FDA also contributes to obesity control through its food labeling regulations and education programs. For example, Make Your Calories Count, FDA’s Web-based learning program, helps consumers make informed choices that contribute to lifelong healthy eating habits.
The OD physical fitness program, I Can Do It, You Can Do It, targets the obesity and overweight challenges of children and youth through physical exercise based on the awards system of the President’s Committee on Physical Fitness and Sports Program. The program includes a mentee-mentor relationship and an evaluation component.
In addition, Dietary Guidelines for Americans provides science-based advice to promote health and to reduce risk for major chronic diseases and conditions, through diet and physical activity. Major causes of morbidity and mortality in the United States are related to poor diet and a sedentary lifestyle. Combined with physical activity, following a diet that does not provide excess calories, according to the recommendations in this document, should enhance the health of most individuals.
As a companion to the Dietary Guidelines for Americans, HHS will work over the next 2 years to develop comprehensive guidelines, drawn from science, to help Americans fit physical activity into their lives. The Physical Activity Guidelines for Americans will be issued in late 2008. The Physical Activity Guidelines will summarize the latest knowledge about activity and health, with depth and flexibility targeting specific population subgroups, such as older adults and children. This work is inspired by the President’s personal dedication to physical fitness and his desire that every American have access to science-based guidelines.
In the last 15 years, the number of people in the United States with diagnosed diabetes has more than doubled, reaching 14.6 million in 2005.xxvii Diabetes, which is also associated with overweight and obesity, can cause heart disease, stroke, blindness, kidney failure, pregnancy complications, lower extremity amputations, and deaths related to influenza and pneumonia. In addition to the millions of Americans with diabetes, an estimated 41 million adults aged 40 to 74 are prediabetic and are at high risk of developing diabetes.xxviii The increasing burden of diabetes and its complications is alarming. However, much of this burden could be prevented with early detection, improved delivery of care, and better education on diabetes self-management.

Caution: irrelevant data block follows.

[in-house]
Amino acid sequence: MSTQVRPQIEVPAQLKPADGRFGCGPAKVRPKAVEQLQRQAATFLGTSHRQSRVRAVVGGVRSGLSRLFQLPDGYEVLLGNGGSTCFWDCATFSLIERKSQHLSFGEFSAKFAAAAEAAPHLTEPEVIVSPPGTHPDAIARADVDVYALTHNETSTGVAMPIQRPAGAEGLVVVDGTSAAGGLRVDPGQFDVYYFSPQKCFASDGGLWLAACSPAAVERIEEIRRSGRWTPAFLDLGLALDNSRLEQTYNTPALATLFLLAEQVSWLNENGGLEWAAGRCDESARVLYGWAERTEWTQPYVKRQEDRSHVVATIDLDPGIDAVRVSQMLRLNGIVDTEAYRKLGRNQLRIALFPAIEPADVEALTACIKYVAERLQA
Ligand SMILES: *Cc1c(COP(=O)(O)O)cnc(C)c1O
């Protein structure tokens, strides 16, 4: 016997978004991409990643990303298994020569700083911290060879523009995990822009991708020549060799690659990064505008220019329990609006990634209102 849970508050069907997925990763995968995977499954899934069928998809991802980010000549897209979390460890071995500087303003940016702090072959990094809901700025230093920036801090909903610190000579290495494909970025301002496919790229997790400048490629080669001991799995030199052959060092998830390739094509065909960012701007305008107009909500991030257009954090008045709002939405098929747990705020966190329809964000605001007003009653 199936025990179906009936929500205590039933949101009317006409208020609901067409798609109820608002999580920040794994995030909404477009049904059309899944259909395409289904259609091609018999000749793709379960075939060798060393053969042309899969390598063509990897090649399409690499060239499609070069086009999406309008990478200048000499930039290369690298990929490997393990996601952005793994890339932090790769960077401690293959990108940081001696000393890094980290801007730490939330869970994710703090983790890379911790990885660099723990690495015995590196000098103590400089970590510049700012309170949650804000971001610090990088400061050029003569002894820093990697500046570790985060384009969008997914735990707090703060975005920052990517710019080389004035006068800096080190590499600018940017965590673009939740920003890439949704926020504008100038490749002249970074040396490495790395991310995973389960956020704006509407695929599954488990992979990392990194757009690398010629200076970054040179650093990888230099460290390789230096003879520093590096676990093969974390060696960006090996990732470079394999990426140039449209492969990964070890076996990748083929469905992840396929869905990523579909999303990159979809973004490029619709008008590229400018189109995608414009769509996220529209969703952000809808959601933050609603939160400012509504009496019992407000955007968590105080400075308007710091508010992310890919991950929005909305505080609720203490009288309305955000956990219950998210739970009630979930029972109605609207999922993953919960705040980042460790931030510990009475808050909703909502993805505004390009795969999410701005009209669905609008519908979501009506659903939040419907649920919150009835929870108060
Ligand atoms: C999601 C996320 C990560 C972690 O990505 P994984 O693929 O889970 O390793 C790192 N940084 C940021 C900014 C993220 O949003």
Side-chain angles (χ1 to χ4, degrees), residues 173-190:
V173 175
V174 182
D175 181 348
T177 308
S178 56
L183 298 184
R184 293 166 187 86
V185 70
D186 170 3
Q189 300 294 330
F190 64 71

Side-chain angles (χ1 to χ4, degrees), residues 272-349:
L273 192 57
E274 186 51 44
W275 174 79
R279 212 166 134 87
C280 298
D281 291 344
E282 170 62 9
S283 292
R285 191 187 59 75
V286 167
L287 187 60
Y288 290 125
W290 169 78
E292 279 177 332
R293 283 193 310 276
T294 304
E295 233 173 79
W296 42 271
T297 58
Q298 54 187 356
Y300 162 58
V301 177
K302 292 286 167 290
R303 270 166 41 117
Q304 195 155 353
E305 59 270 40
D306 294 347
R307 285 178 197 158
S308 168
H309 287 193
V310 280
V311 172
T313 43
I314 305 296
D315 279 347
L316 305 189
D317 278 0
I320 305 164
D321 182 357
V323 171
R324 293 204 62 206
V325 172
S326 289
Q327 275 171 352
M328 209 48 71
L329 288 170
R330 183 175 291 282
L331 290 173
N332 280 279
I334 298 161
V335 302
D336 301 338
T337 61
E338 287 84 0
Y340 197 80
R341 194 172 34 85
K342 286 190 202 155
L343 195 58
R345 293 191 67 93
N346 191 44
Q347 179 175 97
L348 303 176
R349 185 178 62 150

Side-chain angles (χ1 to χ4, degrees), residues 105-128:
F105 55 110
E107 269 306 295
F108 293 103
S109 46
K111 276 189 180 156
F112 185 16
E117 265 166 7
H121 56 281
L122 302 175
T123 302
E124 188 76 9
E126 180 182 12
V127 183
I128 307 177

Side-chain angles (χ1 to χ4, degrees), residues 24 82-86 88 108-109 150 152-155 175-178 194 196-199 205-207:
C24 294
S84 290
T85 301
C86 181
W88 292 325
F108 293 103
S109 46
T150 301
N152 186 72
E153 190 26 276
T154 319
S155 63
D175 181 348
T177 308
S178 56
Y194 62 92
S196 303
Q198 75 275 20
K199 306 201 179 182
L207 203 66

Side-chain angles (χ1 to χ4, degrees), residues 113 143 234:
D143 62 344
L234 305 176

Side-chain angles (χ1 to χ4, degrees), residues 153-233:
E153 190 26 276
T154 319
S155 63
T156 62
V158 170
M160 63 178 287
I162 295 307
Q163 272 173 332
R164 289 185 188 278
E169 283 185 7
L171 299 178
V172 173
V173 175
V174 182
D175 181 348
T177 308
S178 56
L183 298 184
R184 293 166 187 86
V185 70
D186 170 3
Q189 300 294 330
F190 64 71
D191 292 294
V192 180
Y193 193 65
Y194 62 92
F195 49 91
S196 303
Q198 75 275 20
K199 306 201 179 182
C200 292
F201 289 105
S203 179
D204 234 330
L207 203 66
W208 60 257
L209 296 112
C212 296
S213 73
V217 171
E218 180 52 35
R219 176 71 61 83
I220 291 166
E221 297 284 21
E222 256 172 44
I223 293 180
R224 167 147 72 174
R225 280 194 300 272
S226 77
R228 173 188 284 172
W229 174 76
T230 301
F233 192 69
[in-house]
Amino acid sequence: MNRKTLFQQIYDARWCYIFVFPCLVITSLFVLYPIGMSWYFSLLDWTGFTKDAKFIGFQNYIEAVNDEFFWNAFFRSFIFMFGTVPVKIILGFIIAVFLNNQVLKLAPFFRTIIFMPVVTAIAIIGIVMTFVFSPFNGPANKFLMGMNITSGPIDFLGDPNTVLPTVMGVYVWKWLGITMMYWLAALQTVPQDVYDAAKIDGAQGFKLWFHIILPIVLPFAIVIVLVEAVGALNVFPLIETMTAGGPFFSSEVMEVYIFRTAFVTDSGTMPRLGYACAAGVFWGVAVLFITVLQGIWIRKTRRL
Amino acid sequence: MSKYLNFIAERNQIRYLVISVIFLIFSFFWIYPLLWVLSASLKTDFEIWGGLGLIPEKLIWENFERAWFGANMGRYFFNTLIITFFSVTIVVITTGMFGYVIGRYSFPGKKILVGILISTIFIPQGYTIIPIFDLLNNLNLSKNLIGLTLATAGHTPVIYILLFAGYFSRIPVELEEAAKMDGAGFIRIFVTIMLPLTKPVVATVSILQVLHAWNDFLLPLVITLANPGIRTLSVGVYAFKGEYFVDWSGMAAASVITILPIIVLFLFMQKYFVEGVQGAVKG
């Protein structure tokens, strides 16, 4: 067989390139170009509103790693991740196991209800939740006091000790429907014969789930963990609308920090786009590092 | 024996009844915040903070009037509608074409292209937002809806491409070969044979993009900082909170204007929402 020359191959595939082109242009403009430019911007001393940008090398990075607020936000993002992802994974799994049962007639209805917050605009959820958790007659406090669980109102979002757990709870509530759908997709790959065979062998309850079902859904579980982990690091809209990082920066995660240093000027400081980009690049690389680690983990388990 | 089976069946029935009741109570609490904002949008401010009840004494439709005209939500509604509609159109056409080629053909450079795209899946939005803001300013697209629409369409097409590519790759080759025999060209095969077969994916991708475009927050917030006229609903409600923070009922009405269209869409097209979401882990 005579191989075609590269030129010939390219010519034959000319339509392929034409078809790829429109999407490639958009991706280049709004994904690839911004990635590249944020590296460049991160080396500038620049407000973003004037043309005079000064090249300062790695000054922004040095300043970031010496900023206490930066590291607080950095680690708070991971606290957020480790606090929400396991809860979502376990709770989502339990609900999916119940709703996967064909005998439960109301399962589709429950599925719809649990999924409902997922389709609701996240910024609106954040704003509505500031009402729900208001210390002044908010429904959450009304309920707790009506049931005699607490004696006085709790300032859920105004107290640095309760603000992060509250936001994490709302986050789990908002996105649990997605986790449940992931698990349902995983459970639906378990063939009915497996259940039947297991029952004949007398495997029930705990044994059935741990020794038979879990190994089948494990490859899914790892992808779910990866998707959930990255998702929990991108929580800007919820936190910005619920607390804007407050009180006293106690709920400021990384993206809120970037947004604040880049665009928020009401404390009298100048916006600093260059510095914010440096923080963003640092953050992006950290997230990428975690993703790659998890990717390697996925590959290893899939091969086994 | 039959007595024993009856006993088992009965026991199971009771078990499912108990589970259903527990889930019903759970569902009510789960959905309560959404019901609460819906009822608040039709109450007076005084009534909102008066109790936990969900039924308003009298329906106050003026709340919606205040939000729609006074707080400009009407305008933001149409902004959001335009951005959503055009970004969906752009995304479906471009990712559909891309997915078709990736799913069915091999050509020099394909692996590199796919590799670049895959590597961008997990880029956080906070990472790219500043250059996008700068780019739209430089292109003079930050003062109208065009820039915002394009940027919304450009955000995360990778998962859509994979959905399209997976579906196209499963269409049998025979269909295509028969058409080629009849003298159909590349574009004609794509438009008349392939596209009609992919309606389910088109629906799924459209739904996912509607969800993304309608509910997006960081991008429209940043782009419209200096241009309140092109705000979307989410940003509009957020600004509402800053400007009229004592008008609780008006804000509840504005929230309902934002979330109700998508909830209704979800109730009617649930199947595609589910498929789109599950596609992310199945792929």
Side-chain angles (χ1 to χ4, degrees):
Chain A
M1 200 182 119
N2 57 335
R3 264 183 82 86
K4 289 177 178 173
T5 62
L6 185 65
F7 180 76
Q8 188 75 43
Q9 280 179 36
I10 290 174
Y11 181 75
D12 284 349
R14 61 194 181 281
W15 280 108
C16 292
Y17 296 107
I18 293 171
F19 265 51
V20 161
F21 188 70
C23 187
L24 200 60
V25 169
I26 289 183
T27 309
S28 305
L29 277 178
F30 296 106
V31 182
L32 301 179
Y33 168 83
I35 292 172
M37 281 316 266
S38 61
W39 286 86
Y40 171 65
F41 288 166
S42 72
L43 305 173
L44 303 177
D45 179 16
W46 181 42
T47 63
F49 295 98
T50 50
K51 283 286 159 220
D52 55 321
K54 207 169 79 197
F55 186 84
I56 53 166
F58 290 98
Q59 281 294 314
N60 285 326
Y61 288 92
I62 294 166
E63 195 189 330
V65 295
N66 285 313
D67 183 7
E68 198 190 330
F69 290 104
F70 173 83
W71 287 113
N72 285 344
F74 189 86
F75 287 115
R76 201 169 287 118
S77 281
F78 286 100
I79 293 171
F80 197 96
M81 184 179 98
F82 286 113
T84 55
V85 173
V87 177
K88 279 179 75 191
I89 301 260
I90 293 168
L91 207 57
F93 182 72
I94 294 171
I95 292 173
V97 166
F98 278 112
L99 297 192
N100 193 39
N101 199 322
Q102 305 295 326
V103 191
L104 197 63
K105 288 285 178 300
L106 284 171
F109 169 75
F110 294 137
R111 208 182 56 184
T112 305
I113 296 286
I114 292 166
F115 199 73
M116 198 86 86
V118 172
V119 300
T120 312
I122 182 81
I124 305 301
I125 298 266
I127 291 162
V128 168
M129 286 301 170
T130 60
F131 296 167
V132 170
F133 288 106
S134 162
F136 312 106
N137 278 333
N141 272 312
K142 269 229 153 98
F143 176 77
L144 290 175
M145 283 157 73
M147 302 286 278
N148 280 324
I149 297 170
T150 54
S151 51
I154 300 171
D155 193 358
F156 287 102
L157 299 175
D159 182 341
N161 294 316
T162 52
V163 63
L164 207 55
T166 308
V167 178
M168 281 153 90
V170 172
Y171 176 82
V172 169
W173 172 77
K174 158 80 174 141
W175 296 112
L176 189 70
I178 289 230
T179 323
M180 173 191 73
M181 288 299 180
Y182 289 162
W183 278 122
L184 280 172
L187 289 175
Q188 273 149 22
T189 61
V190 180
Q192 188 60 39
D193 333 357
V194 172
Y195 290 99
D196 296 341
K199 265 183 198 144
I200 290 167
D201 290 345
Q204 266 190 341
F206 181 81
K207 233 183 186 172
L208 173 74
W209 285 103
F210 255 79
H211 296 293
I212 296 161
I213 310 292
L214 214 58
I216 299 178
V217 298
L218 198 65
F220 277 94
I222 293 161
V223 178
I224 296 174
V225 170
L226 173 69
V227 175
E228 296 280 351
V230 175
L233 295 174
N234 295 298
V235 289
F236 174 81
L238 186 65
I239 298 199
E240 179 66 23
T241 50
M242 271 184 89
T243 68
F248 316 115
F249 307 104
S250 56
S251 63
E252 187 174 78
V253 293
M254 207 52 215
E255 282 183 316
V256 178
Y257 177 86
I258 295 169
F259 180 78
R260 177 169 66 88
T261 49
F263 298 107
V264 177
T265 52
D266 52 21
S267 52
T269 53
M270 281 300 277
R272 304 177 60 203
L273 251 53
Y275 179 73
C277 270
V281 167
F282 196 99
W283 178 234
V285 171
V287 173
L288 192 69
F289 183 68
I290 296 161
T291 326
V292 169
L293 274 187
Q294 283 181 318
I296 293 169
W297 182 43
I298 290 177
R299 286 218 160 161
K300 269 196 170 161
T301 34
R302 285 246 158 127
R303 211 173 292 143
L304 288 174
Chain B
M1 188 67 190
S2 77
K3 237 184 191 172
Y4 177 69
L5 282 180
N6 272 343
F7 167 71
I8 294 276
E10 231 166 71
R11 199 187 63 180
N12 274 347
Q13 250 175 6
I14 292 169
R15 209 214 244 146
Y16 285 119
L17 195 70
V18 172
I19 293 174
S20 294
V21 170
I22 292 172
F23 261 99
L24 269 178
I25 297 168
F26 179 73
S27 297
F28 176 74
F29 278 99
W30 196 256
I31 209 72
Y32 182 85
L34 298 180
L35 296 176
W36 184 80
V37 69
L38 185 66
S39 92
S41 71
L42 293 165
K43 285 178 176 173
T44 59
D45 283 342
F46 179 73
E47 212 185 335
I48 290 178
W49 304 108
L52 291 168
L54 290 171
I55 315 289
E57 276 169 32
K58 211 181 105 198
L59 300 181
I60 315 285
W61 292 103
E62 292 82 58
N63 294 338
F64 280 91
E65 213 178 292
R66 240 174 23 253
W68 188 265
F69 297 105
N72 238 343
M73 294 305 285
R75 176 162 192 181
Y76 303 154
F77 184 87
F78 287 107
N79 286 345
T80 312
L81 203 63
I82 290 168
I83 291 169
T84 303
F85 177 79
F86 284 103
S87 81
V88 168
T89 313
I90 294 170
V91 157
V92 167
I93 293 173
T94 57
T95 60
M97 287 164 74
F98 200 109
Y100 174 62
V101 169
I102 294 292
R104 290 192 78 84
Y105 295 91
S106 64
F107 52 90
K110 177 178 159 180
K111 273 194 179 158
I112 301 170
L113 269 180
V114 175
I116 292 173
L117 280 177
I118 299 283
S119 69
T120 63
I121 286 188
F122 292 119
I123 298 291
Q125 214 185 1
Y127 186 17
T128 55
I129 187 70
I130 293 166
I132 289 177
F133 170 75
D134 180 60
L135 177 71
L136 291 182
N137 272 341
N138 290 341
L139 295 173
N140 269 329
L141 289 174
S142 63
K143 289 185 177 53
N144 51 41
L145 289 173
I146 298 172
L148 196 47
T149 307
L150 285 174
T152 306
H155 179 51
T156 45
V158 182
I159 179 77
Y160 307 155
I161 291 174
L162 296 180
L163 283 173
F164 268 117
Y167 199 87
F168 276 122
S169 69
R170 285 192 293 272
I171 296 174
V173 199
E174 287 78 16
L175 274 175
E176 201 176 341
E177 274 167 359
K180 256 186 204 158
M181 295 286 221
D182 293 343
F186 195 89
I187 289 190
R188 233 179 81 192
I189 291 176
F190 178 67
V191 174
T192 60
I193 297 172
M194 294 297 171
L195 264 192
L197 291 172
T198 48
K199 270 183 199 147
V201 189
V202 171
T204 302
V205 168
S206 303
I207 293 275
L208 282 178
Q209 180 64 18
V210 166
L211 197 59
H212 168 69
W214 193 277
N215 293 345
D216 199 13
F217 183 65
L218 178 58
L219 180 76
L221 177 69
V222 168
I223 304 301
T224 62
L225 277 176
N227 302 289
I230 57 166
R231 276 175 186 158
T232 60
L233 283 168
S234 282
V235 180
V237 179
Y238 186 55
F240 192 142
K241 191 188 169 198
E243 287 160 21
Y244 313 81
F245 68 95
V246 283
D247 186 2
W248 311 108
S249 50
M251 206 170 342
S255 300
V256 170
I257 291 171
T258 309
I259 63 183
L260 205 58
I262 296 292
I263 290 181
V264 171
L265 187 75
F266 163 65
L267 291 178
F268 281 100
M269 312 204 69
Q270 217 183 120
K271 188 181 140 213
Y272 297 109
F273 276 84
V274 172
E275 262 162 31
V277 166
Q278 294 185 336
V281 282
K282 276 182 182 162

CDC monitors the burden of diabetes nationally and will continue to explore better ways to collect diabetes data on groups most at risk. CDC also provides funding for capacity building and program implementation to States and territories for diabetes prevention and control programs. Over the next 5 years, CDC will expand the number of implementation grants after first developing grantee capacity through phase one capacity grants.
CDC also works with NIH to support diabetes education. These operating divisions will continue to collaborate to enhance the network of more than 200 public and private partners who work to increase knowledge about diabetes and its control among health care providers and people with or at risk for diabetes. IHS also will support diabetes prevention and control through mobilizing and involving American Indian/Alaska Native communities to promote diabetes management strategies. For Medicare beneficiaries diagnosed with prediabetes and those previously tested who have not been diagnosed with prediabetes, or those who have never been tested for the disease, diagnostic screening tests are available. For Medicare beneficiaries with diabetes, Medicare offers Diabetes Self-Management Training and Medical Nutrition Training.
Mouth and throat diseases, which range from cavities to cancer, cause pain and disability for millions of Americans each year. This fact is disturbing because almost all oral diseases can be prevented. For children, cavities are a common problem that begins at an early age. Tooth decay is also a problem for U.S. adults, especially for the increasing number of older adults who have retained most of their teeth. Despite this increase in tooth retention, tooth loss remains a problem among older adults.
CDC is the lead Federal agency responsible for promoting oral health through public health interventions. CDC has and will continue to assist States in strengthening their oral health programs, reaching people hardest hit by oral diseases, and expanding the use of measures that are proven effective in preventing oral diseases. CDC currently provides 12 States with funds, technical assistance, and training to build strong oral health programs. Eight of the 12 States receive funding to develop and coordinate community water fluoridation programs or school-based dental sealant programs. With CDC support, States can better promote oral health, monitor oral health behaviors and problems, and conduct and evaluate prevention programs.